2002

2003

2004

2005

2006

2007

2008

2009

2010

Veg, Prepared

126,485

159,186

201,880

222,982

276,968

317,823

374,998

447,216

450,711

443,240

461,773

Veg, Preserved

97,741

116,985

133,160

152,420

171,550

190,444

209,019

227,693

233,695

232,744

250,467

water chestnuts

36,600

33,399

41,769

33,830

40,892

41,313

32,669

31,785

30,925

35,744

32,440

mushrooms, canned

3,908

9,331

10,079

22,366

28,565

28,350

22,852

36,102

38,488

32,246

31,673

bamboo shoots

17,758

18,996

19,381

21,733

19,332

22,344

22,505

19,257

19,047

18,139

21,220

tomato paste/sauce

1,587

6,857

6,014

702

121

1,556

10,025

12,323

2,150

1,263

2,375

soups & sauces

4,639

5,759

5,691

6,685

7,363

8,430

8,905

9,536

10,682

9,842

11,693

other

33,250

42,643

50,226

67,103

75,277

88,452

112,063

118,690

132,403

135,508

151,067

Vegetables, Frozen

15,228

17,142

20,885

26,738

43,972

47,595

67,869

93,545

97,260

100,002

95,630

Vegetables, Fresh

5,237

9,816

25,651

31,675

49,132

63,315

76,236

92,795

88,224

85,836

80,472

Pulses

8,278

15,244

22,184

112,149

12,313

16,469

21,874

33,183

31,531

24,659

35,203

Source: USDA, Foreign Agricultural Service, 2011.

Table 7. 

US imports of fruits from China, 2000–2010 (metric tonnes)

Product

2000

2001

2002

2003

2004

2005

2006

2007

2008

2009

2010

Fresh Fruits

33,943

39,787

37,819

55,350

54,234

84,922

69,295

39,170

53,541

58,211

77,650

citrus

17,341

24,805

25,734

40,049

32,050

35,307

35,558

20,790

38,783

40,128

51,588

deciduous

15,607

14,768

11,836

12,029

22,159

49,392

33,306

18,125

14,189

15,071

23,001

other

996

214

249

3,271

25

222

432

255

569

3,013

3,062

Fruit, Prepared

306

773

1,908

1,371

1,320

401

734

1,256

7,945

15,219

40,811

Fruit, Processed

984

668

1,245

3,188

7,171

14,803

25,273

28,375

35,103

51,089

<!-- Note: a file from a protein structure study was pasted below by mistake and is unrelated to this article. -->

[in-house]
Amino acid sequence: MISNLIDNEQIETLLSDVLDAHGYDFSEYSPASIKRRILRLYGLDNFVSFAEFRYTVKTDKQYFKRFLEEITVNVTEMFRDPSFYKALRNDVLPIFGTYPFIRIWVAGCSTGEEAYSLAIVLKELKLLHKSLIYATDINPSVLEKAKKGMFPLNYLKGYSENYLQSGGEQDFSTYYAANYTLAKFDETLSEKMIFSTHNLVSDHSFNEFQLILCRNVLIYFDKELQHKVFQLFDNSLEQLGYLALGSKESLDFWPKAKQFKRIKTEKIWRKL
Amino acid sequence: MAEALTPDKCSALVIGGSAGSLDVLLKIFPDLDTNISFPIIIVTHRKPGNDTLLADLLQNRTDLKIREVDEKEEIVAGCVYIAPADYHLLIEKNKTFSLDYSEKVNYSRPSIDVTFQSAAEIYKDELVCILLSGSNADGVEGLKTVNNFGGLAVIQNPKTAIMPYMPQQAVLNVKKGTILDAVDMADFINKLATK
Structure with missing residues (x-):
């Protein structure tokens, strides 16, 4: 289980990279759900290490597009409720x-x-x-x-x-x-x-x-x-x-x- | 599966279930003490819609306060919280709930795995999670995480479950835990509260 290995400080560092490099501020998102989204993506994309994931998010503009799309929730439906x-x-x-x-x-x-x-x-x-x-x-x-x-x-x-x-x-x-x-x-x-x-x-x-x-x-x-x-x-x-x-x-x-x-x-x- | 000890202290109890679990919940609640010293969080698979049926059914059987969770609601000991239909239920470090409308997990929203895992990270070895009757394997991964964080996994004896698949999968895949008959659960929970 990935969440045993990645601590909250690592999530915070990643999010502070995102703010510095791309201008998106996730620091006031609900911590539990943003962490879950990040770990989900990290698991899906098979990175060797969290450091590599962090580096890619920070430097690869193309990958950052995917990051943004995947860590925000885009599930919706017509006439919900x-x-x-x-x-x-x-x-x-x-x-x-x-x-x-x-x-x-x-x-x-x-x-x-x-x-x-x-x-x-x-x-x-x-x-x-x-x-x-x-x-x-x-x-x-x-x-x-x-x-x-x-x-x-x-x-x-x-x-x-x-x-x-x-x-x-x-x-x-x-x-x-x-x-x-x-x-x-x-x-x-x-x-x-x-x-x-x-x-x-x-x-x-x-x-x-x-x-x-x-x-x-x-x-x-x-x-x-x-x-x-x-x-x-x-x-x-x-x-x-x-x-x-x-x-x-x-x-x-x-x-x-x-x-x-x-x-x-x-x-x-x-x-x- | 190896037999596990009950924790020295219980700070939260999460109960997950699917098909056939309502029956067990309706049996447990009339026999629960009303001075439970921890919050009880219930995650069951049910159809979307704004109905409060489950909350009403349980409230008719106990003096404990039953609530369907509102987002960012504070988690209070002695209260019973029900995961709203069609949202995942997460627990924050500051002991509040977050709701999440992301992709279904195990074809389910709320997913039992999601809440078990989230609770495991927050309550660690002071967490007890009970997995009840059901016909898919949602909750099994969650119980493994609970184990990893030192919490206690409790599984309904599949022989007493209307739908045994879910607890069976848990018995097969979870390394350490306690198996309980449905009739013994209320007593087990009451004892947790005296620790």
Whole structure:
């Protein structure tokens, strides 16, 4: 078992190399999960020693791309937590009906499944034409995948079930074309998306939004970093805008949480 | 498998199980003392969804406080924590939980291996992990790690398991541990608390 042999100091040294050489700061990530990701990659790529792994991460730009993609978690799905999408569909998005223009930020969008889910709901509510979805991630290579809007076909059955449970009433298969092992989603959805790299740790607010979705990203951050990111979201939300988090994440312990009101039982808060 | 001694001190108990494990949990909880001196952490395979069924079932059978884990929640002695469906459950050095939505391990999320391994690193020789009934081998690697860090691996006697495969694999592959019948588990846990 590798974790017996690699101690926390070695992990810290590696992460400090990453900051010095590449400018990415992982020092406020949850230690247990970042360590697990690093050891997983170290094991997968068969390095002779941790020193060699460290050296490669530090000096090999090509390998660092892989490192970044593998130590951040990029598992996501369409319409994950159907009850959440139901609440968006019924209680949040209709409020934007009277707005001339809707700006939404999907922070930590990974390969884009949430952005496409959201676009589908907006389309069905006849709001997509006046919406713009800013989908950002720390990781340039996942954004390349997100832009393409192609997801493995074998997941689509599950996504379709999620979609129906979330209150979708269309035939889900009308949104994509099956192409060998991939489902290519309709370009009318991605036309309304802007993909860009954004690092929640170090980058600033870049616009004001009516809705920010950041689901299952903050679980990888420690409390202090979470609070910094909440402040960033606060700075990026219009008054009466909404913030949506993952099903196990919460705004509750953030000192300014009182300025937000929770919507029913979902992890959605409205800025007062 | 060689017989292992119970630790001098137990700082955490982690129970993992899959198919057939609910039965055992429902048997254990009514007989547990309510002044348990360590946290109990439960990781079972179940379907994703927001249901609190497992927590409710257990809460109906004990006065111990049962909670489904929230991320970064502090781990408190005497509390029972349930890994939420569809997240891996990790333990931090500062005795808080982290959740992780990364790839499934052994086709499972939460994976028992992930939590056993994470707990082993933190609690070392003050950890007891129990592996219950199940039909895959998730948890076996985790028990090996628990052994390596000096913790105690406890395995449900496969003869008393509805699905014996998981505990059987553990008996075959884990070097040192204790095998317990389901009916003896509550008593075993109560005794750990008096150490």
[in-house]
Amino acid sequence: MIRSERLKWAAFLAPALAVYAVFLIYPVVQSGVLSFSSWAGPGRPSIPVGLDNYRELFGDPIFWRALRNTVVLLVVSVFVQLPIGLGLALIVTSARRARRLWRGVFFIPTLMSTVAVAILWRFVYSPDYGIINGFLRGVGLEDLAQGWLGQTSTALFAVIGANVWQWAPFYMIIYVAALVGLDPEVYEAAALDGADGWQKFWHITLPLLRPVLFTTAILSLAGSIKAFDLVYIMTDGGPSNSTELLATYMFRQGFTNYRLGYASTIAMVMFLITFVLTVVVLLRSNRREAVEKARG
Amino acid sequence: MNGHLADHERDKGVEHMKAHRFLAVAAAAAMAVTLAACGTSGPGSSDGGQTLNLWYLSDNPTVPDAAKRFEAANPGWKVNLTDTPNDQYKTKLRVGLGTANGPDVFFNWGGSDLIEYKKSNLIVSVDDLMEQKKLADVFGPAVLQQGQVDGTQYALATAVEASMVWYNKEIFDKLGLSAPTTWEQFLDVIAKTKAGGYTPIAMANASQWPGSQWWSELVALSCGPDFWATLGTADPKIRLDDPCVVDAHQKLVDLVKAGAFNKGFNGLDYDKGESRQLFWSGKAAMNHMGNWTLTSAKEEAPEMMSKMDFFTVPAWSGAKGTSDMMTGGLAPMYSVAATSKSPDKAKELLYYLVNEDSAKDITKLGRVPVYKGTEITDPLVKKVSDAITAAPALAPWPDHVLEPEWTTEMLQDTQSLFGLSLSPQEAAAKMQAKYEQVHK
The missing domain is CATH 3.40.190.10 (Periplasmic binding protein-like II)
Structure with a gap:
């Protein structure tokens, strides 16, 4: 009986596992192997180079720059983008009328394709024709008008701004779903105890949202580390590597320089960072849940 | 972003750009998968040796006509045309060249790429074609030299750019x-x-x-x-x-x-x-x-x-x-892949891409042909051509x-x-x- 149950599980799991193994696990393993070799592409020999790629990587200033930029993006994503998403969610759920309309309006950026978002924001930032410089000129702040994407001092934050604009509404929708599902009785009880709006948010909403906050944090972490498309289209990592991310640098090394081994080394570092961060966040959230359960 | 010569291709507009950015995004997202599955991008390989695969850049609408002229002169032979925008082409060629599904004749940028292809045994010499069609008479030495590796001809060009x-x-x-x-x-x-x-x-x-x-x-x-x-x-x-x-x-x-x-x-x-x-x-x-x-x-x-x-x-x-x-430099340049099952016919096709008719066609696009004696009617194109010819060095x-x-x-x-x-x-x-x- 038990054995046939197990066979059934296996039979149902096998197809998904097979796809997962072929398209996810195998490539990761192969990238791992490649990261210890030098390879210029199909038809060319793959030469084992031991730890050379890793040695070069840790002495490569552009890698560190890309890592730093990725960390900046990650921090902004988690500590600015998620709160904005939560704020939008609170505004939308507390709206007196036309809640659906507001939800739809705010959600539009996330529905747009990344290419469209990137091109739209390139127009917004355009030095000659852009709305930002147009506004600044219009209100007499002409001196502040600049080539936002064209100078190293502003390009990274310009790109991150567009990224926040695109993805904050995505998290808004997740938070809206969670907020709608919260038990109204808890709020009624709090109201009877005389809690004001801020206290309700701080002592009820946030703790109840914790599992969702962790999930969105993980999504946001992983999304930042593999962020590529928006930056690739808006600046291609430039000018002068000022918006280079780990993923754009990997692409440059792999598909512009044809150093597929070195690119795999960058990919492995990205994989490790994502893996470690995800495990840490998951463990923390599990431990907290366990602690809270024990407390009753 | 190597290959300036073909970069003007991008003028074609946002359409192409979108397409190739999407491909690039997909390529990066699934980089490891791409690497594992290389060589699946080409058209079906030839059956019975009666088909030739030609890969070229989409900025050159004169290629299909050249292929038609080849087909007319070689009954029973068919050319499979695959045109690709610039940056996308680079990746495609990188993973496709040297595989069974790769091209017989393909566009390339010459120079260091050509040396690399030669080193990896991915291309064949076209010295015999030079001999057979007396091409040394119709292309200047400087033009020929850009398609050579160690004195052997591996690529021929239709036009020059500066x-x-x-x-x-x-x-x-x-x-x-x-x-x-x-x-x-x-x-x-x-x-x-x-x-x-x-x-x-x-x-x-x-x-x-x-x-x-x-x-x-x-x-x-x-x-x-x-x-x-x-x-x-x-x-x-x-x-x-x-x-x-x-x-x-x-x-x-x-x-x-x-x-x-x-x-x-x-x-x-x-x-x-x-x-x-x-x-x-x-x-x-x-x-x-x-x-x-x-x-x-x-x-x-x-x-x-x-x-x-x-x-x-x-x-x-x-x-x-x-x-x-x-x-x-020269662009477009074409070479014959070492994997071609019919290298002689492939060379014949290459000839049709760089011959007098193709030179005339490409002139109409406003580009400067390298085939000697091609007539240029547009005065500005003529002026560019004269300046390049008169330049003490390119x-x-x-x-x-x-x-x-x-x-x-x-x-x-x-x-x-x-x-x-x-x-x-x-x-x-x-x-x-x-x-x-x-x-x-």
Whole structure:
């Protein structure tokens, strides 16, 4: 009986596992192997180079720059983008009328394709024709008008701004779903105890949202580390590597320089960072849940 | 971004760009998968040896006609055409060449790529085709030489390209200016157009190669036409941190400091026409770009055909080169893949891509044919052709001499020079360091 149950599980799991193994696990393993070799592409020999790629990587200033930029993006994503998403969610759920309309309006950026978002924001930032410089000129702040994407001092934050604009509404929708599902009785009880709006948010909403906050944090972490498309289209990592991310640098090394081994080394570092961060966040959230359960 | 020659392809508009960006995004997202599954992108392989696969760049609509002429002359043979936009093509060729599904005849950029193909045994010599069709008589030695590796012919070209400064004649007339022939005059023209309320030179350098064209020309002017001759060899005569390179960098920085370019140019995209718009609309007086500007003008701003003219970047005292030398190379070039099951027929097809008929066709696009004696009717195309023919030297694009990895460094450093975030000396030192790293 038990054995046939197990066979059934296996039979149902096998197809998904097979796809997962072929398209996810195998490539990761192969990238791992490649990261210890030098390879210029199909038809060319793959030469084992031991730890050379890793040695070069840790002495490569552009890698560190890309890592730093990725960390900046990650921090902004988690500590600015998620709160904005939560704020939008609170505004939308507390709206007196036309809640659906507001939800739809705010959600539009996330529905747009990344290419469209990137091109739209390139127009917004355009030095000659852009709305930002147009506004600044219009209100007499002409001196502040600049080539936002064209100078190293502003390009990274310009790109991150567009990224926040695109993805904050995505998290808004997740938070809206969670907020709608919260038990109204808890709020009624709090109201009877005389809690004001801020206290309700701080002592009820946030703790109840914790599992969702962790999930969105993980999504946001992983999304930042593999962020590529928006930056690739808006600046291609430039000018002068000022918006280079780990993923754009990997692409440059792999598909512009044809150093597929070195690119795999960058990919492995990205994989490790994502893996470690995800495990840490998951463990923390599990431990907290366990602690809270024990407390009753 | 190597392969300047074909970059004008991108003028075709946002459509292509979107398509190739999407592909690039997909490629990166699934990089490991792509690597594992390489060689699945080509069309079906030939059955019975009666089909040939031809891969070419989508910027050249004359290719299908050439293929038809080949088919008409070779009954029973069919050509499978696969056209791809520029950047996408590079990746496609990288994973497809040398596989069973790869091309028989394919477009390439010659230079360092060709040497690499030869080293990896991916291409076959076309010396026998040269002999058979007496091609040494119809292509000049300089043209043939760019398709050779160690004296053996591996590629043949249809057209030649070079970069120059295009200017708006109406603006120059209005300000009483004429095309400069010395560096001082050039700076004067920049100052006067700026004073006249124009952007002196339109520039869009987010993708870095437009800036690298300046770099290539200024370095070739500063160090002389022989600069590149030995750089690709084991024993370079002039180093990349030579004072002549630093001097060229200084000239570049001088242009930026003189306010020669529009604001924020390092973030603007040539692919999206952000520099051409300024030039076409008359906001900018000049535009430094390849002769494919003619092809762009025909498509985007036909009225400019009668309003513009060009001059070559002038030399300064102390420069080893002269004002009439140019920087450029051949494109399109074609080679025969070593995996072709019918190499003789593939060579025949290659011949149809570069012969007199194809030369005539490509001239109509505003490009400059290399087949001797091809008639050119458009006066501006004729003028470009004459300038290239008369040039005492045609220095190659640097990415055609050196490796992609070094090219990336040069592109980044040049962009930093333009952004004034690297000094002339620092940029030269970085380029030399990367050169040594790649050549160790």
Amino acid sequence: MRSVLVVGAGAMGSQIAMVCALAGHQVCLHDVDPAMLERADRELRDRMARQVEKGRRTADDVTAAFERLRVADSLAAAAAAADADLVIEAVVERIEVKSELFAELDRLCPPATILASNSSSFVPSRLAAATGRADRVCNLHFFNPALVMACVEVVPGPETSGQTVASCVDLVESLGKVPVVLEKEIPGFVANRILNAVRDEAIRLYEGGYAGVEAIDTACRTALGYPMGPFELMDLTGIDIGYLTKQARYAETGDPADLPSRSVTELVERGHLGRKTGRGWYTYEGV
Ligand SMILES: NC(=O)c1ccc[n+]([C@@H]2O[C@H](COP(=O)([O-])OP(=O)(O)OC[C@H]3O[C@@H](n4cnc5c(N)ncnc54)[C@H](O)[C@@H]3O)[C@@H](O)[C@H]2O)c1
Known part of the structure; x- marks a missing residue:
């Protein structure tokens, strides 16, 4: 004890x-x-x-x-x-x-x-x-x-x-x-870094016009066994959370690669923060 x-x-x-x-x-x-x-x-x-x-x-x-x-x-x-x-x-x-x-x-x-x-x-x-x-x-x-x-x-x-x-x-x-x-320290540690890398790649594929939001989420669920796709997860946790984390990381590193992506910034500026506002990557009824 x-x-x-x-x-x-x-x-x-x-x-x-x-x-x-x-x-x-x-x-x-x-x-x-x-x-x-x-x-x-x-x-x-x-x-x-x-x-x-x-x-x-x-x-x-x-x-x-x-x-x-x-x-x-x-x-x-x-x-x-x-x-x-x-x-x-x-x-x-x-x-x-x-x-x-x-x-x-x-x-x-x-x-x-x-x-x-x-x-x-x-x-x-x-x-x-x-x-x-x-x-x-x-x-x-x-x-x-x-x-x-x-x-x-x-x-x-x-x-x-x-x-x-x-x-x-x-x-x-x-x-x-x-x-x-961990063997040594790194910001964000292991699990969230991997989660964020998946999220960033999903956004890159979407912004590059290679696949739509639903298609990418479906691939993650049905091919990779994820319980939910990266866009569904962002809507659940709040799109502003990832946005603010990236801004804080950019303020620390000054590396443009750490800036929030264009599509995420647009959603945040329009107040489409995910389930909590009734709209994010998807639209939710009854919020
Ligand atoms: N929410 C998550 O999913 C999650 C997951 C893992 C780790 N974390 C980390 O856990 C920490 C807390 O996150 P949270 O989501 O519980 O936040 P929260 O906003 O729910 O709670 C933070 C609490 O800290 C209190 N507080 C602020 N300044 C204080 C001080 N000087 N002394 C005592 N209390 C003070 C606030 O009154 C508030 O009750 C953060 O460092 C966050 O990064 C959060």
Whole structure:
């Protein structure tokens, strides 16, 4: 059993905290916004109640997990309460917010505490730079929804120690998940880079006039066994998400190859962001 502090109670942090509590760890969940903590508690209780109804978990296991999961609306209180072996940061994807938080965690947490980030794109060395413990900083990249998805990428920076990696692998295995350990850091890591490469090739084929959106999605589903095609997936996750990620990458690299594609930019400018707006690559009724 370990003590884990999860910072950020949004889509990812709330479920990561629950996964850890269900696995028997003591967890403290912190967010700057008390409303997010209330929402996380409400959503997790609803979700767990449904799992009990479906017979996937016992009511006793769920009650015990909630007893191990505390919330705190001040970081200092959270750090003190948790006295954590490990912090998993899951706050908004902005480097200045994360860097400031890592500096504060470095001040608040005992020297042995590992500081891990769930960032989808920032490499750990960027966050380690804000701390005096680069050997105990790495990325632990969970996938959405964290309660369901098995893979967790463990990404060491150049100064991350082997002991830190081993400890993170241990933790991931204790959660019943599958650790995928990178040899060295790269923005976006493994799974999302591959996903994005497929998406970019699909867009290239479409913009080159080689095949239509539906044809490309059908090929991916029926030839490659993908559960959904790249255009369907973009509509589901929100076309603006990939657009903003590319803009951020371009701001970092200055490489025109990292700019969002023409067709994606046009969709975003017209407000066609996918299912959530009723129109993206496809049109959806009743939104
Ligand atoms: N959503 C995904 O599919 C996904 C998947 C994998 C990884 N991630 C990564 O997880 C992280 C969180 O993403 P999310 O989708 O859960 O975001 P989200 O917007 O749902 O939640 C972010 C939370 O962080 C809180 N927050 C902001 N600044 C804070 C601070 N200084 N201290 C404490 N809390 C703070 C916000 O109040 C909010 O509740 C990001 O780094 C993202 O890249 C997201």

30,463

Fruit Juices*

52,515

61,005

96,940

178,881

246,103

264,963

243,599

418,915

459,306

465,443

482,865

Fruit, Dried

723

576

2,775

5,678

8,059

7,338

9,155

9,639

7,619

8,048

9,248

Fruit, Frozen

52

129

339

1,936

1,643

1,532

1,272

729

617

867

1,763

* Fruit Juices, measured in 1,000s of gallons.

Source: USDA, Foreign Agricultural Service, 2011.

Table 8. 

US imports of prepared and processed fruits from China, 2000–2010 (metric tonnes)

Product

2000

2001

2002

2003

2004

2005

2006

2007

2008

2009

2010

Fruit, Processed

984

668

1,245

3,188

7,171

14,803

25,273

28,375

35,103

51,089

30,463

Fruit, Preserved

306

773

1,908

1,371

1,320

401

734

1,256

7,945

14,219

40,811

citrus

395

34

449

182

3,927

12,946

21,898

25,751

32,803

49,272

28,515

berries

0

0

2

5

27

11

503

927

935

1,315

1,459

other

589

634

795

3,000

3,216

1,845

2,873

1,698

1,365

502

489

Fruit, Dried

723

576

2,775

5,678

8,059

7,338

9,155

9,639

7,619

8,048

9,248

raisins

252

291

2,601

4,827

7,679

7,139

7,901

7,738

6,409

6,993

6,690

prunes

459

217

135

493

327

43

1,157

1,298

1,050

651

1,833

other

13

69

39

358

53

156

97

603

160

404

725

Fruit, Frozen

52

129

339

1,936

1,643

1,532

1,272

729

617

867

1,763

wild blueberries

0

0

0

113

1,359

777

662

515

437

629

1,043

other

52

129

338

1,822

284

755

609

214

180

238

720

Fruit Juices

53

61

97

179

246

265

244

419

459

465

483

apple juice

50

57

94

154

228

246

222

394

431

441

453

other

2

4

3

25

18

19

22

25

28

24

30

Source: USDA, Foreign Agricultural Service, 2011.

Footnotes

1.

This document is EDIS FE902, a publication of the Food and Resource Economics Department, Florida Cooperative Extension Service, Institute of Food and Agricultural Sciences, University of Florida, Gainesville, FL 32611. Published February 2012. Please visit the EDIS website at http://edis.ifas.ufl.edu.

2.

Xiuzhi Wang, visiting scholar, Shanghai Academy of Social Sciences, Shanghai, China, University of Florida, Tropical Research and Education Center, Homestead, FL; Edward Evans, associate professor, Food and Resource Economics Department, University of Florida, Tropical Research and Education Center, Homestead, FL; and Fredy Ballen, economic analysis coordinator II, University of Florida, Tropical Research and Education Center, Homestead, FL; Florida Cooperative Extension Service, Institute of Food and Agricultural Sciences, University of Florida, Gainesville, FL 32611.


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U.S. Department of Agriculture, UF/IFAS Extension Service, University of Florida, IFAS, Florida A & M University Cooperative Extension Program, and Boards of County Commissioners Cooperating. Nick T. Place, dean for UF/IFAS Extension.